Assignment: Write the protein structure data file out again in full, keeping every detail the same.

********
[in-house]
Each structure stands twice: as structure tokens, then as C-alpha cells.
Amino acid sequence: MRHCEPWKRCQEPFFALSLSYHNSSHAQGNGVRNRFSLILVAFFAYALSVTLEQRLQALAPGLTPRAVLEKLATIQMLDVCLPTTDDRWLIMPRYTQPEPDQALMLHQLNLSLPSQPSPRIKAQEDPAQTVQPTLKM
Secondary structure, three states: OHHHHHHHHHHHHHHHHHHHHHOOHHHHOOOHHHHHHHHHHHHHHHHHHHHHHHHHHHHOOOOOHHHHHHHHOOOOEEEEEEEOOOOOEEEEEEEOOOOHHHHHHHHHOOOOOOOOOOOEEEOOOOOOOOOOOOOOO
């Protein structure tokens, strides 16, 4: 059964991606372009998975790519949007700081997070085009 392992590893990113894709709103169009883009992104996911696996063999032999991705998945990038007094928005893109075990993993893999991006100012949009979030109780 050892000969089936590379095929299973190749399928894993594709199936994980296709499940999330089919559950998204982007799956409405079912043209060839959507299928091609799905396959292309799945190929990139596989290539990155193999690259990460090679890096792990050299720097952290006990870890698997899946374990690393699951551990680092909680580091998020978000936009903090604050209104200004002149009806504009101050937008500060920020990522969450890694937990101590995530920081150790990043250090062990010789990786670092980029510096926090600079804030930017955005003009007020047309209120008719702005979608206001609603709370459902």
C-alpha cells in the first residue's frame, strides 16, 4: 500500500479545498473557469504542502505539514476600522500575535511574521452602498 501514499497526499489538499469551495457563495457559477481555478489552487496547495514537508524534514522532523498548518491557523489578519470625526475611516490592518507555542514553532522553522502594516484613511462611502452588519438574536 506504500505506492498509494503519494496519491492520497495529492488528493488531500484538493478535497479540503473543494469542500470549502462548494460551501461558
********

[in-house]
Each structure stands twice: as structure tokens, then as C-alpha cells.
Amino acid sequence: MRHCEPWKRCQEPFFALSLSYHNSSHAQGNGVRNRFSLILVAFFAYALSVTLEQRLQALAPGLTPRAVLEKLATIQMLDVCLPTTDDRWLIMPRYTQPEPDQALMLHQLNLSLPSQPSPRIKAQEDPAQTVQPTLKM
Secondary structure, three states: OHHHHHHHHHHHHHHHHHHHHHOOHHHHOOOHHHHHHHHHHHHHHHHHHHHHHHHHHHHOOOOOHHHHHHHHOOOOEEEEEEEOOOOOEEEEEEEOOOOHHHHHHHHHOOOOOOOOOOOEEEOOOOOOOOOOOOOOO
């Protein structure tokens, strides 16, 4: 059964991606372009998975790519949007700081997070085009 392992590893990113894709709103169009883009992104996911696996063999032999991705998945990038007094928005893109075990993993893999991006100012949009979030109780 050892000969089936590379095929299973190749399928894993594709199936994980296709499940999330089919559950998204982007799956409405079912043209060839959507299928091609799905396959292309799945190929990139596989290539990155193999690259990460090679890096792990050299720097952290006990870890698997899946374990690393699951551990680092909680580091998020978000936009903090604050209104200004002149009806504009101050937008500060920020990522969450890694937990101590995530920081150790990043250090062990010789990786670092980029510096926090600079804030930017955005003009007020047309209120008719702005979608206001609603709370459902």
C-alpha cells in the first residue's frame, strides 16, 4: 500500500479545498473557469504542502505539514476600522500575535511574521452602498 501514499497526499489538499469551495457563495457559477481555478489552487496547495514537508524534514522532523498548518491557523489578519470625526475611516490592518507555542514553532522553522502594516484613511462611502452588519438574536 506504500505506492498509494503519494496519491492520497495529492488528493488531500484538493478535497479540503473543494469542500470549502462548494460551501461558